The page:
Skip Navigation or Skip to Content

The Batavia Spectator

Skip to Article or Skip Sidebar
Skip to Comments or Skip Article
Space technology advancing rapidly

By Allison Pumo

Space technology has come a long way since the first man in space, Yuri Alekseyevich Gagarin, in 1961.

The flight was only 1 hour and 48 minutes. Shortly after, the first American, Alan Shepard, went to space. Shepard was in orbit for only 15 short minutes.

Skipping ahead four years, The Mariner 4 received the first images of Mars at close range. The Mariner 4 showed images of canals and no signs of life. One year later, a mission similar to the Mariner 4, Luna 9 landed on the Moon. Luna 9 was able to transmit photos back to Earth of the Moon’s surface.

The first U.S space tragedy occurred on Jan. 27, 1967. The Apollo 1 spacecraft suffered a fire, causing several members of the crew to die. The cause of the fire was a spark from the launchpad.

Skipping ahead several years to 1969 was the first man to land on the Moon. Neil Armstrong and Edwin Aldrin were the first people in the world to set foot on the Moon.
When the Apollo 13 mission was launched, the oxygen tanks exploded, stranding the members of the crew in space for several days.

Later in 1970, the Soviet Venera 7 soft landed on Venus, transmitting images of the planet’s surface back to Earth for 23 minutes. The probe eventually failed due to Venus’s extreme heat and pressure.

The first space station in orbit was the Russian Salyut 1 in 1971. The space station stayed in orbit for around two years. The first occupied space station was shortly after in June. Soyuz 11 carried three men to Salyut 1, but they died in the transfer.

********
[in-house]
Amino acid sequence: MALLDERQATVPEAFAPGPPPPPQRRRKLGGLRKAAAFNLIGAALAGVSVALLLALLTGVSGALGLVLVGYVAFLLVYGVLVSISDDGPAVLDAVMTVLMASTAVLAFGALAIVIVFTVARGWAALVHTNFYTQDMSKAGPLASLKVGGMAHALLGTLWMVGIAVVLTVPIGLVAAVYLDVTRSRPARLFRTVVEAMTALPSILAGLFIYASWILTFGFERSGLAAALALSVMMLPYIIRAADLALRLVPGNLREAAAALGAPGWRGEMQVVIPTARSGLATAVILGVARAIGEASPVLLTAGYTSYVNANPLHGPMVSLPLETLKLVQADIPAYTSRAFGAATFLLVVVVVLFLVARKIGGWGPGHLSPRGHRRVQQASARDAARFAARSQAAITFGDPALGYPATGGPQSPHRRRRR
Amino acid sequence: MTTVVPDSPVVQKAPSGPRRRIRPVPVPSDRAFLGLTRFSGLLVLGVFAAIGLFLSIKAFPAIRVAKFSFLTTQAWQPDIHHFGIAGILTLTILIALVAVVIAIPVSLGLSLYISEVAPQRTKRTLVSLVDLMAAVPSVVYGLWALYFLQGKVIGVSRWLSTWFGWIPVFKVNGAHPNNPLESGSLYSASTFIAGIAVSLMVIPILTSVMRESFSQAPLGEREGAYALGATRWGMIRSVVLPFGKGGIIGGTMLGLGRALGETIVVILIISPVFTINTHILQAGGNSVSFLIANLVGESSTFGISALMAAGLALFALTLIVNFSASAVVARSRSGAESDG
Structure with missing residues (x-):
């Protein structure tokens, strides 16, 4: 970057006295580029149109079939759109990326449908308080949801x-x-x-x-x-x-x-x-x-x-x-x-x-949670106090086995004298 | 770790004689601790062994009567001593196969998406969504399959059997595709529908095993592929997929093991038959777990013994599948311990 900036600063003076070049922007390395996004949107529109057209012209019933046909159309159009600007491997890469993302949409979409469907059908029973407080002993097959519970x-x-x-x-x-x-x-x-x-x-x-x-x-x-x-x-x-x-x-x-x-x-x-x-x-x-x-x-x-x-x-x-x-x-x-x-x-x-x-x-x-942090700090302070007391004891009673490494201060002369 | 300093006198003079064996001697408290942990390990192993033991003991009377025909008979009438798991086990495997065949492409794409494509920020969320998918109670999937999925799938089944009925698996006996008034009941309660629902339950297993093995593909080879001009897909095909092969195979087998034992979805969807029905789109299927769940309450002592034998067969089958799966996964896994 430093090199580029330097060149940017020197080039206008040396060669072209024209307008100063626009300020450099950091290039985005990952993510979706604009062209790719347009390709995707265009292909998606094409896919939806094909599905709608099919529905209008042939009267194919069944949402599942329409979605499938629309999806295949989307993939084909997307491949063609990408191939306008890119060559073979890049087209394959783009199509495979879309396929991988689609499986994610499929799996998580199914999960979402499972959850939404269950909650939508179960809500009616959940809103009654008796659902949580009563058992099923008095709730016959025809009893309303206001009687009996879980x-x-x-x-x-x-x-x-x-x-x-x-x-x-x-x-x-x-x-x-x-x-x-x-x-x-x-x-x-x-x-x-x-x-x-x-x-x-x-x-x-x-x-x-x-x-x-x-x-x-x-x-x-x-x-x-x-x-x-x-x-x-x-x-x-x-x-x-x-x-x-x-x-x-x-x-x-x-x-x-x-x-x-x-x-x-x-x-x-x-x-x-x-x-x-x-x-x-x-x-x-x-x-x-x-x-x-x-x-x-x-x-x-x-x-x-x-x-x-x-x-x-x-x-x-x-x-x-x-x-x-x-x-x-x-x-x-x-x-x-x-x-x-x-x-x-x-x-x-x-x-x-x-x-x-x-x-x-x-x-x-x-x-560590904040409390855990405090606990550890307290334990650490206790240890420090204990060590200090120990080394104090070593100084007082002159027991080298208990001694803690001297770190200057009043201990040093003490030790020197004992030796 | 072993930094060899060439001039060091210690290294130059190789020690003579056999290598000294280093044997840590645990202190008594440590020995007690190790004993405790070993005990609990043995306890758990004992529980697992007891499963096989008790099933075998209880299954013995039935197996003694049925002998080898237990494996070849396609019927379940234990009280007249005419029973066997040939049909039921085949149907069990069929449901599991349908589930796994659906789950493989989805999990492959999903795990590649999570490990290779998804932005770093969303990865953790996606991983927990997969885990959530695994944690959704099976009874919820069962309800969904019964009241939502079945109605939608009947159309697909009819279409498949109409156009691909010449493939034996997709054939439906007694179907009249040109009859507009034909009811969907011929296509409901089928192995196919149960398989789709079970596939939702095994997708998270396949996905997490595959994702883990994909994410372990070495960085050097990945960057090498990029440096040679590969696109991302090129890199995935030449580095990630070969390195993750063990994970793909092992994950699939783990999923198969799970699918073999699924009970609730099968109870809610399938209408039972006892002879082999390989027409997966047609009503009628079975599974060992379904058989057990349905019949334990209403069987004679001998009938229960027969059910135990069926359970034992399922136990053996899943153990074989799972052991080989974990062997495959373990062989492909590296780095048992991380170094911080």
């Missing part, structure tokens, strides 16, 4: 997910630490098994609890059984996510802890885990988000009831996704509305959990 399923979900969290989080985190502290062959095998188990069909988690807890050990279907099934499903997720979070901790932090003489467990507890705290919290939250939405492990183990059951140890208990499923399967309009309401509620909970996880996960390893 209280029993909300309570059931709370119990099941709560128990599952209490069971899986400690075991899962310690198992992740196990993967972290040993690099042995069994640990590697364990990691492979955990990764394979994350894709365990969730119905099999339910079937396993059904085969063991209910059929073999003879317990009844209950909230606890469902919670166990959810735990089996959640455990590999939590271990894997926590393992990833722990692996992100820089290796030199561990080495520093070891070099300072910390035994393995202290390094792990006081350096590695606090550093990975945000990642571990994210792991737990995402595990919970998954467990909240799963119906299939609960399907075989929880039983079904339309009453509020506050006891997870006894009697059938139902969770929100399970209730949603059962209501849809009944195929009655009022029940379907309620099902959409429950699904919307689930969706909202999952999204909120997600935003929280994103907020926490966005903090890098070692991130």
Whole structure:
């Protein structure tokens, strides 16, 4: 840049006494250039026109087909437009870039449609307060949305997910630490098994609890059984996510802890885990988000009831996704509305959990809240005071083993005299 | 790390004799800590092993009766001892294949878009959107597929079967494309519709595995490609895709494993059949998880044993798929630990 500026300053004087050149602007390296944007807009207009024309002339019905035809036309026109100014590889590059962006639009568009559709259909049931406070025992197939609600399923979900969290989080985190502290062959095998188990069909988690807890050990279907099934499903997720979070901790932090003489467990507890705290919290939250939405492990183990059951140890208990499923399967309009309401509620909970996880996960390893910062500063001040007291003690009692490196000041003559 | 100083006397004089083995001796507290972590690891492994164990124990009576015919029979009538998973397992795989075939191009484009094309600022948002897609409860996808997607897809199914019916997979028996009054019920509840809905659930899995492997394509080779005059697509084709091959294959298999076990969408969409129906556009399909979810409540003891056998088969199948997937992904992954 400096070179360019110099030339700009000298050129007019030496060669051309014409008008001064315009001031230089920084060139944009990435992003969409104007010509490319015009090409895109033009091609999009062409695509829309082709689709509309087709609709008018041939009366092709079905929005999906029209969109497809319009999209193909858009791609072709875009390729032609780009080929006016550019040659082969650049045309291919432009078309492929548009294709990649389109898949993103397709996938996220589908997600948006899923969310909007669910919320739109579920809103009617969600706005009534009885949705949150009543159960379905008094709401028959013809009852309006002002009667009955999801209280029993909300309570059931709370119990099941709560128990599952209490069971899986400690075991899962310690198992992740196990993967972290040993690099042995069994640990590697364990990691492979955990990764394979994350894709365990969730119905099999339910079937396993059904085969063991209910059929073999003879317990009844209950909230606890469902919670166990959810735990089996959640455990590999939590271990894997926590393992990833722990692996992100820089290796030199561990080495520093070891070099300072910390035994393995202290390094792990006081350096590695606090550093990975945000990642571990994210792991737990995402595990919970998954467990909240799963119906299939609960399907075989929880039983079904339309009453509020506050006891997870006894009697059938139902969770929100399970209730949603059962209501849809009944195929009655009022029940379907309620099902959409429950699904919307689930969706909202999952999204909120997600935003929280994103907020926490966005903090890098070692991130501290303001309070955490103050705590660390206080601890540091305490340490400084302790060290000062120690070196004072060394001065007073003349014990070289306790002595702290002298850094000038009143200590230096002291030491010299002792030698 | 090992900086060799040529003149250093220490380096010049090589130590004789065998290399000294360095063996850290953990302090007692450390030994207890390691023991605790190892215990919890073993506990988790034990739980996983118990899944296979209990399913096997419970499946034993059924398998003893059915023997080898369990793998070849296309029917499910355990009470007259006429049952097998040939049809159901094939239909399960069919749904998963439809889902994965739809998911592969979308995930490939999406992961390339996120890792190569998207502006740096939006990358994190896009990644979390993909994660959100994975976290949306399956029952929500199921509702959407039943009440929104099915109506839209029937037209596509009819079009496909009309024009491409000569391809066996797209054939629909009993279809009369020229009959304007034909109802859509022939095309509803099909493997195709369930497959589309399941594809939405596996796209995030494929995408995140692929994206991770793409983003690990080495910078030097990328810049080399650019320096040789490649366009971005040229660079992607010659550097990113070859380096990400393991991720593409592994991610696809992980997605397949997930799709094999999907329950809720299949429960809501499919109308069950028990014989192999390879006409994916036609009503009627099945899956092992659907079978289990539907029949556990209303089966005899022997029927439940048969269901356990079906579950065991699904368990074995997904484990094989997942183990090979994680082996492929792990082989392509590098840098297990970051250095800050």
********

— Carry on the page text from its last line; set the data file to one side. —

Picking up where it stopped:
Skipping ahead several years to 1976, the Voyager 2 arrives at Jupiter. It took 2 years to arrive to the planet, but we finally received images of Jupiter and its moons.

Shortly after Voyager 2, Pioneer 11 was launched to Saturn, flying somewhat close to the planet to get close-ups of the surface.

On March 1, 1982, we received the first soil samples from Venus. The results came out to be somewhat similar to Earth’s. The soil was chemically similar, but orange.

The first woman space was Sally K. Ride on June June 19, 1983. She traveled on the Challenger on mission STS-7.

In 1989, the Voyager 2 arrives at Neptune. The craft takes images of the planet’s moons and the planet’s surface. The scientists discover a cloudy atmosphere and a storm on Neptune’s surface.

In 1990, the Hubble telescope was launched. The telescope sends back fuzzy images, but is ultimately corrected, and is named the most powerful telescope of its time.

Fast forwarding 10 years, scientists do their first detailed study of an asteroid. They study the gravity and composition of the asteroid. They confirm that the asteroid is 20 miles long, and 8 miles wide.

On July 1st, 2004, the Cassini probe arrives at Saturn. It took Cassini 7 years. Cassini spent four years photographing Saturn and its moons. Eventually, Cassini dies out in 2017.

Comments will have to be appoved before being posted